“The industry moves quick, learn how to adapt quickly”
Koromone Asabe-Yobaere (KAY) is a creative storyteller, communications specialist, and brand manager with over 10 years of professional working experience. She currently serves as Co-Founder and Chief Brand Officer at Jamit, an audio entertainment and media company empowering Black and Africa voices and audio storytellers. Koromone holds a B.A and MFA in Creative Writing from Hofstra University in New York, USA. She is also an advocate for African women in technology and is deeply immersed in Africa’s technology ecosystem.
Q:SPEAK TO US ABOUT HOW YOU FIRST BECAME INTERESTED IN TECHNOLOGY AND WRITING AND HOW DOES THESE TWO PASSIONS INTERSECT IN YOUR WORK?
I started reading (mostly) fiction books and writing poetry and short stories at a young age. By the time I was in JSS 3, I had read all the published Harry Potter books. When I transferred to my second high school – BIS – I was lucky to have teachers who developed my writing, speaking, and listening skills. My year 11 English Lit teacher encouraged me to study English Lit and creative writing in university, which I did, and to continue to grow as a writer.
I first became interested in technology when I interned at Mashable. At the time I joined the Mashable team, Pete Cashmore was the CEO and used to walk around the office; lucky me. It was at Mashable that I got exposed to the world of editorial and business writing. Mashable was a great experience for me and still remains one of my favorite workplaces.
But I didn’t hone my technology and business writing skills until I joined Flutterwave as a PR associate in 2016. I was pretty green in the fintech space when I joined Flutterwave, but it was the perfect place for me to blend two things I enjoyed doing: writing and managing brands.
The rest, as they say, is history
Q: IN THE TECH WORLD, INNOVATION IS KEY. HOW DO YOU FIND INSPIRATION FOR YOUR WRITING WITHIN THE EVER-CHANGING TECH LANDSCAPE?
The best writers are curious, open to learning new things, and aren’t afraid to adapt to different environments. I am inspired by my founder friends who work tirelessly to keep their startups profitable and afloat during trying economic times. Africa’s technology ecosystem is made up of resilient and brilliant people who have inspiring stories and anecdotes to share with the world. In telling their stories, I am playing a small role in the continent’s development.
Q: CAN YOU TELL HOW YOU DEVELOPED THE SKILLS NEEDED TO STAY RELEVANT IN THE INDUSTRY?
-I am not afraid to ask questions when something is unclear to me. Some people don’t ask questions for fear of looking or sounding stupid. That fear is an irrational and ego-based feeling and I refuse to submit to my ego.
-I learn transferable skills from my direct supervisors at any job. C-suite leaders are walking history books. I don’t clock into work like a zombie; I show up to do my job and collaborate with talented leaders and team members who can add to my knowledge bank.
-I study the lives of successful entrepreneurs from around the world. I am particularly fond of Alex Liberman and Sara Blakely.
Q: WHAT ARE THE FEW CHALLENGES YOU ENCOUNTER IN YOUR DAILY WORK AS STORYTELLER AND CREATIVE WORKING IN TECH?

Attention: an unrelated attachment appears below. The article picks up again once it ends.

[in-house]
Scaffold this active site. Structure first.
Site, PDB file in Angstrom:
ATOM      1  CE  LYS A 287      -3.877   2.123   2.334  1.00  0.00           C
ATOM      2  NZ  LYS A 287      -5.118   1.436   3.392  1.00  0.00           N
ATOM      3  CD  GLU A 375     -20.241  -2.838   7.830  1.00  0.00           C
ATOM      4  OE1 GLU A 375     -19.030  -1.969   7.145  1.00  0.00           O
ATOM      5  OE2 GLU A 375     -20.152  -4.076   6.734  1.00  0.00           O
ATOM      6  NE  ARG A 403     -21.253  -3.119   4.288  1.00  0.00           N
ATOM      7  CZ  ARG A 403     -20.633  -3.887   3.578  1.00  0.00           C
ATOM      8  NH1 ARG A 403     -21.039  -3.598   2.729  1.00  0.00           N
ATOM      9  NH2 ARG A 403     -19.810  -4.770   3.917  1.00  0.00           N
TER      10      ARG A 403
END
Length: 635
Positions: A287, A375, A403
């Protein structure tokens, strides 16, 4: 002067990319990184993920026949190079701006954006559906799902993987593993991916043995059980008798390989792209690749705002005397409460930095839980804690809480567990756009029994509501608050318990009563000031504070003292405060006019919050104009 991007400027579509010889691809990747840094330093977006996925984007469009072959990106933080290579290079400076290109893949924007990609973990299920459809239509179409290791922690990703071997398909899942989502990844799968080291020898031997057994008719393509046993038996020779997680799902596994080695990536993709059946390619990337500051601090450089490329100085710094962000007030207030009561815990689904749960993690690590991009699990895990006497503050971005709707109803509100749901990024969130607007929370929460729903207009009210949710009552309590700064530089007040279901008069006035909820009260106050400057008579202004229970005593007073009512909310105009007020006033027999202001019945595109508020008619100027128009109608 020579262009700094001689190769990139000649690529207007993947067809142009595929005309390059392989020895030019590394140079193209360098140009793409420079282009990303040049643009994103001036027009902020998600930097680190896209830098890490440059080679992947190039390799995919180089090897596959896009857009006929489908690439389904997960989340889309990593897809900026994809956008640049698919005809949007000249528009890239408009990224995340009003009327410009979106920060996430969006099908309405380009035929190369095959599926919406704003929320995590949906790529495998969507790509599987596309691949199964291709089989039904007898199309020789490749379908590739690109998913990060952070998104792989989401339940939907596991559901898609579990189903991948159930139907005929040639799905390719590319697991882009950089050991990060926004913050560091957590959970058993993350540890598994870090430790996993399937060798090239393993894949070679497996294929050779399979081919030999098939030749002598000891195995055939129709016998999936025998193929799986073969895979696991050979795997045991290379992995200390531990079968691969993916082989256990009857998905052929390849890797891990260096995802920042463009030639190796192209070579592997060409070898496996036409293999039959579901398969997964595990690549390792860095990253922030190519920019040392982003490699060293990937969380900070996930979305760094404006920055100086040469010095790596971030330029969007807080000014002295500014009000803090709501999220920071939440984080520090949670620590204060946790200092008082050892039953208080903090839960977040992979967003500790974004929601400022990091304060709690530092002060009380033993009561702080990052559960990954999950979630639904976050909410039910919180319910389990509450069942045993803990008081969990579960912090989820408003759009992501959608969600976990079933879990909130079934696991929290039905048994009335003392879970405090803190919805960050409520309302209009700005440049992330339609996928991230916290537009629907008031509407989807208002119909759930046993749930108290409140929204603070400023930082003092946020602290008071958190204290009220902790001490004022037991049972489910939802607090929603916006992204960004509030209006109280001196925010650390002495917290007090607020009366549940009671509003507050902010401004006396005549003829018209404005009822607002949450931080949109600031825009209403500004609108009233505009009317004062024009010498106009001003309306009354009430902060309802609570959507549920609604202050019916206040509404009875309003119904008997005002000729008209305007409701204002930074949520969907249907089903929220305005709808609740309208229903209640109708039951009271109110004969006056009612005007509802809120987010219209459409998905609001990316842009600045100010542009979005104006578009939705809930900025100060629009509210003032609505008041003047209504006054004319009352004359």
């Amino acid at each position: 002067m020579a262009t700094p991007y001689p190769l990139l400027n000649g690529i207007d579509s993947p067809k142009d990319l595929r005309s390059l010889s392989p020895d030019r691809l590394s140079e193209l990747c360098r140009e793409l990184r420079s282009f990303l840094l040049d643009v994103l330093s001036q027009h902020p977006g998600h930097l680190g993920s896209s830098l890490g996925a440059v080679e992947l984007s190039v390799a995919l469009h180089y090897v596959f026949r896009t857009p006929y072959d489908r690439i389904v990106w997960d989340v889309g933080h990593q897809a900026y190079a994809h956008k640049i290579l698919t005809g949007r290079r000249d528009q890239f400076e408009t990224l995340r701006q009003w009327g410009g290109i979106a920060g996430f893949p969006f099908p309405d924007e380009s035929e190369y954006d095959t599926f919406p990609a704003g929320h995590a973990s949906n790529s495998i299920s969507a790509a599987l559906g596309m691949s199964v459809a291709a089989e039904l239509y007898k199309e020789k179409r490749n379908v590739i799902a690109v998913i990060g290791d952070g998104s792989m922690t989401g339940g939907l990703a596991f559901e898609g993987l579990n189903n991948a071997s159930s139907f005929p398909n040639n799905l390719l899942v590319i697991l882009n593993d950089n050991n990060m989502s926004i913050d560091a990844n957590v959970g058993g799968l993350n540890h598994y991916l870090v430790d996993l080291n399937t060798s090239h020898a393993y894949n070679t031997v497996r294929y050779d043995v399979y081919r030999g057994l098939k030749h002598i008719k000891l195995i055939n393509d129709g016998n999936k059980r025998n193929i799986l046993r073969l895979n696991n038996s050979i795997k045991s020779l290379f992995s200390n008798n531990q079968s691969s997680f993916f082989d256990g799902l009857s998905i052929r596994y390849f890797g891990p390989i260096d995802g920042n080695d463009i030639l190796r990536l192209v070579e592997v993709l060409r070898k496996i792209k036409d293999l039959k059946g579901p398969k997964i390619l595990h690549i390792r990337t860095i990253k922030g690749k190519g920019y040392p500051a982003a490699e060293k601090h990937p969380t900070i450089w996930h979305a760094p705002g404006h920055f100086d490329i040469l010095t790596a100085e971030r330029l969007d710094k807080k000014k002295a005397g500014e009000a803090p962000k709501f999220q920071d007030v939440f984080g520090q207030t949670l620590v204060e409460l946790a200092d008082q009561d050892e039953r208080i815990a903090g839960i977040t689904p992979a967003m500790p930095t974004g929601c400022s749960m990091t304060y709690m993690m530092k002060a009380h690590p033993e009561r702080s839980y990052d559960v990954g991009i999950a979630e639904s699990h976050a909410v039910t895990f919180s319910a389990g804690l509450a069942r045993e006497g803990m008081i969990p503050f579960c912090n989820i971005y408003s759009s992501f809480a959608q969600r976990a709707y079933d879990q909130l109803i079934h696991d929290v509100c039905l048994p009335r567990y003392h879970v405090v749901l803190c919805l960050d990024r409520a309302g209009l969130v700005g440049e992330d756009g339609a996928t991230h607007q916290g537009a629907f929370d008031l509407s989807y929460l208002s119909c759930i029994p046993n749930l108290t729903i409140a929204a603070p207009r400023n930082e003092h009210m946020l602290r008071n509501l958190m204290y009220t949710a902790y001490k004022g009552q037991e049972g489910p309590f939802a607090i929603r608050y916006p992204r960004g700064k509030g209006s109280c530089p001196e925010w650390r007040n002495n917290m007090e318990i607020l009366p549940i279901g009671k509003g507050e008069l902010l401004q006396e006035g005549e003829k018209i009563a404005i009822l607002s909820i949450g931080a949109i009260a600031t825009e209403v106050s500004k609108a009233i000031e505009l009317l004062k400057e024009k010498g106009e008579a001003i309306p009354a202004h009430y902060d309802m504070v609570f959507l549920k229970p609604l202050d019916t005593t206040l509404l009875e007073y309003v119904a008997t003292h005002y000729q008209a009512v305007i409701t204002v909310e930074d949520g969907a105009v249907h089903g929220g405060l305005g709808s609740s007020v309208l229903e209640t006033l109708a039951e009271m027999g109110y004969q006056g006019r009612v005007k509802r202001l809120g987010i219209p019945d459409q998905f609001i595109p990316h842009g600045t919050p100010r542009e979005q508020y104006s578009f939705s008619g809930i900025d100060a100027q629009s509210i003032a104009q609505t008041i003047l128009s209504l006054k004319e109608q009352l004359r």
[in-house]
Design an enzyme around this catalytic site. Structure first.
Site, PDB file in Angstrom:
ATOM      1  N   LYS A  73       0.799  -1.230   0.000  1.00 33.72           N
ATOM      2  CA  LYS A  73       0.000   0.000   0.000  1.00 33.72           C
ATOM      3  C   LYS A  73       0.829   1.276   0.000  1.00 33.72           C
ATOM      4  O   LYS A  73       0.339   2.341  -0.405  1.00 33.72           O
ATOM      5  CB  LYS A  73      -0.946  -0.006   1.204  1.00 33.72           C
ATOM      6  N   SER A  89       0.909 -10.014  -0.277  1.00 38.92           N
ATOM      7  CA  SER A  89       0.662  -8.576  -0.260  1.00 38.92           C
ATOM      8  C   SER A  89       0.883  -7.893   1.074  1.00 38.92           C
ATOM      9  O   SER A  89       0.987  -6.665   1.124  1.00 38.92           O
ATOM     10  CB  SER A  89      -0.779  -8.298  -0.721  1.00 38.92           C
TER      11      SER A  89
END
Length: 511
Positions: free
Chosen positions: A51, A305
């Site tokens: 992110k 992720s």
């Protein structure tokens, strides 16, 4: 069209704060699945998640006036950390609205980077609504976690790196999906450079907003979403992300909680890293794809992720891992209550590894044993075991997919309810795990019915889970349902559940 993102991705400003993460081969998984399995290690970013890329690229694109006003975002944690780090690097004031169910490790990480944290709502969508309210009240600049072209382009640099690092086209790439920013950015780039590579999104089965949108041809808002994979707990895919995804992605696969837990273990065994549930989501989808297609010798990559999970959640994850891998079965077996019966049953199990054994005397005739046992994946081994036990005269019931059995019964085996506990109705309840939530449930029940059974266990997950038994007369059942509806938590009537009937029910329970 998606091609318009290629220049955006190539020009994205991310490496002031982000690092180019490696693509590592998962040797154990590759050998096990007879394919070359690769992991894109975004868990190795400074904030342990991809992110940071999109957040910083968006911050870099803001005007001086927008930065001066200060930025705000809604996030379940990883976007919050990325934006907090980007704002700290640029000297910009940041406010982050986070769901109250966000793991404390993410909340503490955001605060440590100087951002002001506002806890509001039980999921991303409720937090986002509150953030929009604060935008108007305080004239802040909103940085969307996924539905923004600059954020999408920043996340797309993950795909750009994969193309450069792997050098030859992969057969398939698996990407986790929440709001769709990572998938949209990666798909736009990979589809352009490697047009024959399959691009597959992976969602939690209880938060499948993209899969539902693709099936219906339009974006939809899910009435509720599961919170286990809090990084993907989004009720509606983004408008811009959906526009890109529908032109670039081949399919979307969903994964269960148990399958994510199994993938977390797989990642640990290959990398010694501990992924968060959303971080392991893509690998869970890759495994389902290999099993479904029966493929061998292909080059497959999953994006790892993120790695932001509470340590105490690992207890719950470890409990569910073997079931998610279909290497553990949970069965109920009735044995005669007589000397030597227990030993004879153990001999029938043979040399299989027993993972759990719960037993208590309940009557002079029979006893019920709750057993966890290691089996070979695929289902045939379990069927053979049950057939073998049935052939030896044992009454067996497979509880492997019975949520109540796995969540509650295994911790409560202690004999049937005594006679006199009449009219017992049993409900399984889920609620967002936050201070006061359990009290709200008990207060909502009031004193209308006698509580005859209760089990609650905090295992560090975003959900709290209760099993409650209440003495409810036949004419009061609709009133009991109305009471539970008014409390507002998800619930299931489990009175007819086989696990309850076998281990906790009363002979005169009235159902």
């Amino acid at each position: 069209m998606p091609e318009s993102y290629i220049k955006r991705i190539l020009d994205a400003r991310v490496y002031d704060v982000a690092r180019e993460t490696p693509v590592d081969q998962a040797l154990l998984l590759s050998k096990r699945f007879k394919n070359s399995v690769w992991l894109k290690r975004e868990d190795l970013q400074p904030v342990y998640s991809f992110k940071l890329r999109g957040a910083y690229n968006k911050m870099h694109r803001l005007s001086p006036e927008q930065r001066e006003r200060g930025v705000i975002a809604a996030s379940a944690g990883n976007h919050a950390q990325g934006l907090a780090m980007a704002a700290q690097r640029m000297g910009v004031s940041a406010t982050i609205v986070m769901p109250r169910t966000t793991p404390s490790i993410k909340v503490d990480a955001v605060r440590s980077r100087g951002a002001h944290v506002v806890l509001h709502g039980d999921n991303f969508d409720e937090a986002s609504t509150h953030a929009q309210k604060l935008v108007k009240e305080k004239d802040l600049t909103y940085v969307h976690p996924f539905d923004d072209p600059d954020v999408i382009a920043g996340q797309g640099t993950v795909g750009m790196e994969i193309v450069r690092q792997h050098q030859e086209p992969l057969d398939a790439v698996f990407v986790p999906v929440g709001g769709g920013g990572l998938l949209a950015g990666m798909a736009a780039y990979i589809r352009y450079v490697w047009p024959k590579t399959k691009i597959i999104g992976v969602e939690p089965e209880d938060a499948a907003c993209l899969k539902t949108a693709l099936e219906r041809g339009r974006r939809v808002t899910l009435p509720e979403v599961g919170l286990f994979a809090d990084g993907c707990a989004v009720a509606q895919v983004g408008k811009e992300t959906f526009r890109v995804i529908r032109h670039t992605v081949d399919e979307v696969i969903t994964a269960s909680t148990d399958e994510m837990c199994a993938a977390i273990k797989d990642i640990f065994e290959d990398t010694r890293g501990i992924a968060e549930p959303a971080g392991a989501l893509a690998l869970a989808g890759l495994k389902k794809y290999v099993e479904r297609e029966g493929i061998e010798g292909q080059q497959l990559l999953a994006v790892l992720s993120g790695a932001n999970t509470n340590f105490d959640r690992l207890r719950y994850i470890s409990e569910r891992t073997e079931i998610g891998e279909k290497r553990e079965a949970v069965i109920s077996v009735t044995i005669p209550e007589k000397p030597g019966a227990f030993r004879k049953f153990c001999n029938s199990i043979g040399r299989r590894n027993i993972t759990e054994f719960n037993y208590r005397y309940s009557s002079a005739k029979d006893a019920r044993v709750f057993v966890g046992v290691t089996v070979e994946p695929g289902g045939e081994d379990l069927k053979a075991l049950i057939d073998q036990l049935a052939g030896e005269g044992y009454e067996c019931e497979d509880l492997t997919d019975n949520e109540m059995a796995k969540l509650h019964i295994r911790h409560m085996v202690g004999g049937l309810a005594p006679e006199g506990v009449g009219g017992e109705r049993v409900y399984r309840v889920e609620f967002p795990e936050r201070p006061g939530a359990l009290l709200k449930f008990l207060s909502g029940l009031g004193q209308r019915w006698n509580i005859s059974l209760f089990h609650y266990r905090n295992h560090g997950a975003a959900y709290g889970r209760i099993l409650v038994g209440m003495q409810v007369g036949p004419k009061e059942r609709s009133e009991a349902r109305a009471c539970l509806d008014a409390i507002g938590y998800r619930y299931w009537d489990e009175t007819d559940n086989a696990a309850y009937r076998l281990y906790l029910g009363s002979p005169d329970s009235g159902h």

-Finding talent (general problem in the ecosystem). Most (Nigerian) creatives are pressured into taking on conventional desk jobs and very few decide to go against the grain. I get it, no judgment. But knowing that there are talented writers out there working long hours and jobs that they aren’t passionate about breaks my heart
-Gender prejudice. I don’t need to say much here. You only need to speak to other women in the technology industry and they will have similar horror stories about how often we are sidelined or passed over in professional settings.
Q: SPEAK TO US ABOUT WHAT EXCITES YOU ABOUT YOUR ROLE AS A CREATIVE IN THE TECH SPACE?
-Excited about the new startups and businesses coming out of the media, entertainment, and gaming industries
-Excited about the opportunity to work with podcasters and voice creators in Africa and around the world
-Excited to turn Jamit into the #1 African storytelling platform for diverse voices
Q: WHAT SKILL SET IS REQUIRED TO UNDERTAKE A CAREER AS A STORYTELLER AND CREATIVE IN TECH?
- Public speaking
- Natural storytelling skill
- Active listening
- Empathy (humans are humans, not robots)
- Organizational skills.
Q: SHARE A FEW LIFE LESSONS YOU HAVE LEARNED IN YOUR JOURNEY THROUGH TECH?
-The industry moves quick; learn how to adapt to change quickly
-Business is not personal. Try not to invest too much of your personal emotions in the workplace
-Your colleagues are not your friends or family members but they can make great additions to your professional network/community
-You cannot do everything at the same time. Prioritize 2-3 goals, knock them out of the park, and then tackle 3 new goals.
Q: DO YOU HAVE ANY FAVORITE TECH-RELATED BOOKS, BLOGS, OR RESOURCES THAT HAVE SHAPED YOUR PERSPECTIVE AS A WRITER IN THE TECH INDUSTRY?
-Book: Crazy Is a Compliment: The Power of Zigging When Everyone Else Zags – Linda Rottenberg
-Podcasts: Founder’s Journal; Morning Brew Daily; HBR IdeaCast; Think Fast, Talk Smart
Q: CAN YOU NAME A TECH TOOL, SOFTWARE OR GADGET THAT HAS HAD A SIGNIFICANT IMPACT ON YOUR WRITING PROCESS OR PRODUCTIVITY?
-Google Docs (Thank you, Google)
Q: WHAT ADVICE DO YOU HAVE FOR NEWBIES BUILDING A CAREER IN TECH?
- LinkedIn is your best friend. Keep your profile updated as frequently as possible
- Human beings are fallible. Learn from the people you admire but remember they have their secret lives, flaws, and foibles
- Stay curious and always be learning
- Define what success means to you. If you go by another person’s definition of success, you might find yourself on the wrong path or working outside your purpose/calling